LANSING, Mich. (AP) -- Michigan officials say after years of planning, they're ready to put in place a strategy for controlling the spread of invasive species in the state's waterways.
The plan is described in the annual "State of the Great Lakes" report released Thursday by the Department of Environmental Quality.
Aquatic invaders such as quagga mussels cost the region hundreds of millions of dollars a year.
The newly developed strategy focuses on early detection of new invaders and a rapid response to rein them in.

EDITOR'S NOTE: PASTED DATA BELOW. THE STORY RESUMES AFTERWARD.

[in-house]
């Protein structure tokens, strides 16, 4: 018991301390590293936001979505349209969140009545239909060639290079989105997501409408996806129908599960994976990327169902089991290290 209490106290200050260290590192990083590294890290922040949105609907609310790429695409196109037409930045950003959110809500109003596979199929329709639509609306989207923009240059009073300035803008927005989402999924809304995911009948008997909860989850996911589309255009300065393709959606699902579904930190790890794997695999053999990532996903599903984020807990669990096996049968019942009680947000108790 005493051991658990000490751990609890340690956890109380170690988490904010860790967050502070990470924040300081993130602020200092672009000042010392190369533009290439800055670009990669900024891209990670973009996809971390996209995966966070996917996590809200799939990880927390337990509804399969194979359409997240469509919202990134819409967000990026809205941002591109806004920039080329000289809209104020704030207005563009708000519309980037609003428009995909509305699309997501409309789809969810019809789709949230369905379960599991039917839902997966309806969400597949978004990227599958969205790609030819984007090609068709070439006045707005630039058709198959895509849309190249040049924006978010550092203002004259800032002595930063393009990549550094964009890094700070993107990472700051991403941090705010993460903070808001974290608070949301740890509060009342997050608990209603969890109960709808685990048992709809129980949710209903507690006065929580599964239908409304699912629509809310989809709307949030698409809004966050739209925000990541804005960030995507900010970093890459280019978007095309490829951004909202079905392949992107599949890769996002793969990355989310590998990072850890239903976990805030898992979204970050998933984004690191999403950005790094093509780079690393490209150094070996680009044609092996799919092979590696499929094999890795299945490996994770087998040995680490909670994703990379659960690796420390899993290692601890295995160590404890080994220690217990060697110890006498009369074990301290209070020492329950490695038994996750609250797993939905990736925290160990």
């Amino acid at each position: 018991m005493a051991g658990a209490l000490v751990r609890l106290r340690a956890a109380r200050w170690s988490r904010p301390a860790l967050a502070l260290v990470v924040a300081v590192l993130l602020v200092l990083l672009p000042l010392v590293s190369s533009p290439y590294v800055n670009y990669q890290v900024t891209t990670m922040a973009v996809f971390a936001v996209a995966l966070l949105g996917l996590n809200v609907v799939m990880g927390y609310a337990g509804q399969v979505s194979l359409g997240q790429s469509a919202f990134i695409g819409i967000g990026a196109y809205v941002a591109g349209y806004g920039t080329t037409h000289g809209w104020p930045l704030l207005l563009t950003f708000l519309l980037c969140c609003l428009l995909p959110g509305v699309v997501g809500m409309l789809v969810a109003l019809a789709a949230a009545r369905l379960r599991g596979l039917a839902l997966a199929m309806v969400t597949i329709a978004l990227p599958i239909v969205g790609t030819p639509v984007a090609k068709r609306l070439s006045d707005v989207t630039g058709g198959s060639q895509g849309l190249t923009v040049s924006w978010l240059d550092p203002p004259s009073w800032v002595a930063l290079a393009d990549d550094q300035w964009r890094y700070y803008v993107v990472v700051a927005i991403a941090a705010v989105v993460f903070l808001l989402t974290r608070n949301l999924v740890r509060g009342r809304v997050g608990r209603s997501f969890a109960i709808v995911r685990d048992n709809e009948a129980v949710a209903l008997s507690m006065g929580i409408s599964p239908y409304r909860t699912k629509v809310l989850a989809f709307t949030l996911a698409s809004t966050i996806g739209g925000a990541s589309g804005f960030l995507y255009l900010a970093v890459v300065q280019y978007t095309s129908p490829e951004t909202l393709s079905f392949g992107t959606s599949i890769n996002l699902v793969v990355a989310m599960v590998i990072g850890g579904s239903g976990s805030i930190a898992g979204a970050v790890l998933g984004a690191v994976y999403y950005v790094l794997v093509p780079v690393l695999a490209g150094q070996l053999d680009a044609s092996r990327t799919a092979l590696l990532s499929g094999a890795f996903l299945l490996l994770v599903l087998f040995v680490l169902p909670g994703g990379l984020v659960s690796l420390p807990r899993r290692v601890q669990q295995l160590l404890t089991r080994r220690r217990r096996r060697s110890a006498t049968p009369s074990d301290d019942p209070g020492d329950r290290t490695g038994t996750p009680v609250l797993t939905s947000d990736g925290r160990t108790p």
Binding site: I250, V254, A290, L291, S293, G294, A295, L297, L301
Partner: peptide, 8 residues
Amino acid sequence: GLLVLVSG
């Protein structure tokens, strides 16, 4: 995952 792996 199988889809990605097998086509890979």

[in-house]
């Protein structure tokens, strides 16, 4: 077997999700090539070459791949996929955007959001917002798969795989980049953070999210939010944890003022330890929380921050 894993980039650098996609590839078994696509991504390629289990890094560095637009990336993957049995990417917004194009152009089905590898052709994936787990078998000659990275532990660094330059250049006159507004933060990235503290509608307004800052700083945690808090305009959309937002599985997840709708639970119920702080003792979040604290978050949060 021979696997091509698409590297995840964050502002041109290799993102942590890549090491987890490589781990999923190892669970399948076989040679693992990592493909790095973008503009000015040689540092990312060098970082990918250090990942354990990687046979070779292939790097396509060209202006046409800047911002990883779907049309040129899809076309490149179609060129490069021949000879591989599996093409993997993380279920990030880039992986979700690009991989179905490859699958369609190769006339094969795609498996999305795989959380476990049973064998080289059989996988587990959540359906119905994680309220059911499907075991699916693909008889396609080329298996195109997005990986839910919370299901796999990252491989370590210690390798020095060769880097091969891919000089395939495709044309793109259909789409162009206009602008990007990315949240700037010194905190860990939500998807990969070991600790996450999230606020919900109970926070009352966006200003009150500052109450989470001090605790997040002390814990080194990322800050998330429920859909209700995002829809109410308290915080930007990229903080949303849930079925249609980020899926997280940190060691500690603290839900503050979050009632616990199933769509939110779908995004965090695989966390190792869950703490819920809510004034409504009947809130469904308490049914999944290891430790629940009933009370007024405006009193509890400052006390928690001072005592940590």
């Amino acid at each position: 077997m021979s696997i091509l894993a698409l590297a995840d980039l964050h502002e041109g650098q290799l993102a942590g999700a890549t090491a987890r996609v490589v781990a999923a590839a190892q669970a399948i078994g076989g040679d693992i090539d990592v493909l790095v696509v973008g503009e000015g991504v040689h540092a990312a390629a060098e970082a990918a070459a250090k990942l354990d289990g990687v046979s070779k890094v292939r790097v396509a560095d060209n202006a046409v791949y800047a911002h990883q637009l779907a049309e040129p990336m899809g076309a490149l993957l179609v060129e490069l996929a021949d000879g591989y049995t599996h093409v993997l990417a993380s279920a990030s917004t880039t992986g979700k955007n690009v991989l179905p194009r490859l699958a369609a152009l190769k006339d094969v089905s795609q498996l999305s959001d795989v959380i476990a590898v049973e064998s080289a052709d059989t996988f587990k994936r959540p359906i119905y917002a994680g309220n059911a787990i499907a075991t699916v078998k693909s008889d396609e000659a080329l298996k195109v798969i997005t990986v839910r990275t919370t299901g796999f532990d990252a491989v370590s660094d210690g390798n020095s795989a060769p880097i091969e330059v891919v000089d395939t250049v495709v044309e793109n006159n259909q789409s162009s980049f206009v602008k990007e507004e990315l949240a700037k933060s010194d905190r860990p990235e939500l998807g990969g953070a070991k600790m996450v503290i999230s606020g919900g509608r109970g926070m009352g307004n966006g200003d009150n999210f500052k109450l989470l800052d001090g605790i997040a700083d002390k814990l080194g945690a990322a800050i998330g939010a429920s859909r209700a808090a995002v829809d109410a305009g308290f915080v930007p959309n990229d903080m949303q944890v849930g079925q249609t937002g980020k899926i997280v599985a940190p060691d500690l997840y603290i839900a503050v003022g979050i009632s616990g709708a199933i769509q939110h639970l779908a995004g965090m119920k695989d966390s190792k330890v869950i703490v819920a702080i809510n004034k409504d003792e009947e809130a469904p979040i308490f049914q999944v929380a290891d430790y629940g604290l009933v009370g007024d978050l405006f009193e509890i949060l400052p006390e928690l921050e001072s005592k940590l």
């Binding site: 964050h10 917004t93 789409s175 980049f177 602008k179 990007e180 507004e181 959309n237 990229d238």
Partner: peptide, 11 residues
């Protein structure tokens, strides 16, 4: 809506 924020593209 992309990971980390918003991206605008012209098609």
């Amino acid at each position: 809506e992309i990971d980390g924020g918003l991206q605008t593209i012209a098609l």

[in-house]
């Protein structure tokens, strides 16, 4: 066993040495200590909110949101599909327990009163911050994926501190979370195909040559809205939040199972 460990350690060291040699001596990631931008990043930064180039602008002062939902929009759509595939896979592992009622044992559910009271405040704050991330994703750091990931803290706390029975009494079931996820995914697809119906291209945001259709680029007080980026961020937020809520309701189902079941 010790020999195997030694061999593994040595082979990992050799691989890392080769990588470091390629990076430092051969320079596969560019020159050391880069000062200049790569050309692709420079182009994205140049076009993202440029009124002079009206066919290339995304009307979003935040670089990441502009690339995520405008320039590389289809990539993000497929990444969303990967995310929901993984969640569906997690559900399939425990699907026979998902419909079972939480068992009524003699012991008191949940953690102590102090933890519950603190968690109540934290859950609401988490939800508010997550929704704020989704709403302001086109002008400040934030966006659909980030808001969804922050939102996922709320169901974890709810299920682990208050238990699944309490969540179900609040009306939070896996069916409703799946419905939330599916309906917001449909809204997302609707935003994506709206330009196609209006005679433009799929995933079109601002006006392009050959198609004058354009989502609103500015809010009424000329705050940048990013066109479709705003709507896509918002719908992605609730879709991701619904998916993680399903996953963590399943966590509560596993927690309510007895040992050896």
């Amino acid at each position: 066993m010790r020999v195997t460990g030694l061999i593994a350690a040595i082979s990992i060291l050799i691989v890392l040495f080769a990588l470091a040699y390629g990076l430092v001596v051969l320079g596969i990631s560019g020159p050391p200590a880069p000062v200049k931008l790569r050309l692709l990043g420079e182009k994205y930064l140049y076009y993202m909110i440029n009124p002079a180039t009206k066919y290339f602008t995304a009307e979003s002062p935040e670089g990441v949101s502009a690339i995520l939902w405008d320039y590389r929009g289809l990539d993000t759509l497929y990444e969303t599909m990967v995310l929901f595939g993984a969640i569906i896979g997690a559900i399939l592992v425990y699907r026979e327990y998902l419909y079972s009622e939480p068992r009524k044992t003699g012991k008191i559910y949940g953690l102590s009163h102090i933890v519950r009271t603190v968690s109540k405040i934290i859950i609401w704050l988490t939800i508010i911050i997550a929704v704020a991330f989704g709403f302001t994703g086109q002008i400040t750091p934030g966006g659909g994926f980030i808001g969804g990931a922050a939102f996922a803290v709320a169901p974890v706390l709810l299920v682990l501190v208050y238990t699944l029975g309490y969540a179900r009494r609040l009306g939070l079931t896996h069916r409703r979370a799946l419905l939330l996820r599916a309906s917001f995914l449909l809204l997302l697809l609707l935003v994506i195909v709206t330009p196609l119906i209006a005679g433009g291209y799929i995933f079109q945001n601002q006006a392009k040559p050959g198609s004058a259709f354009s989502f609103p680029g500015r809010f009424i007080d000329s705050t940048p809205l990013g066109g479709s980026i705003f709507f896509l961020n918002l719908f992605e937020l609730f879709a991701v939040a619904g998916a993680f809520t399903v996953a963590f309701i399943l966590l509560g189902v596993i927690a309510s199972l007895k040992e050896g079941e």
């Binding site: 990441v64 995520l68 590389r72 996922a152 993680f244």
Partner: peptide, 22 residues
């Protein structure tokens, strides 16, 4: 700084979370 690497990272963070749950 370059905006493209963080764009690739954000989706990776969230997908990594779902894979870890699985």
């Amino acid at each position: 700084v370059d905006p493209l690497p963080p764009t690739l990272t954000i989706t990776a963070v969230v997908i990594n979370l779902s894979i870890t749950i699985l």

The DEQ this year began making invasive species surveillance a part of routine monitoring activities in waterways, including rivers and streams. The DEQ and Michigan State University are working to increase participation in a program to spot exotic plants in inland lakes.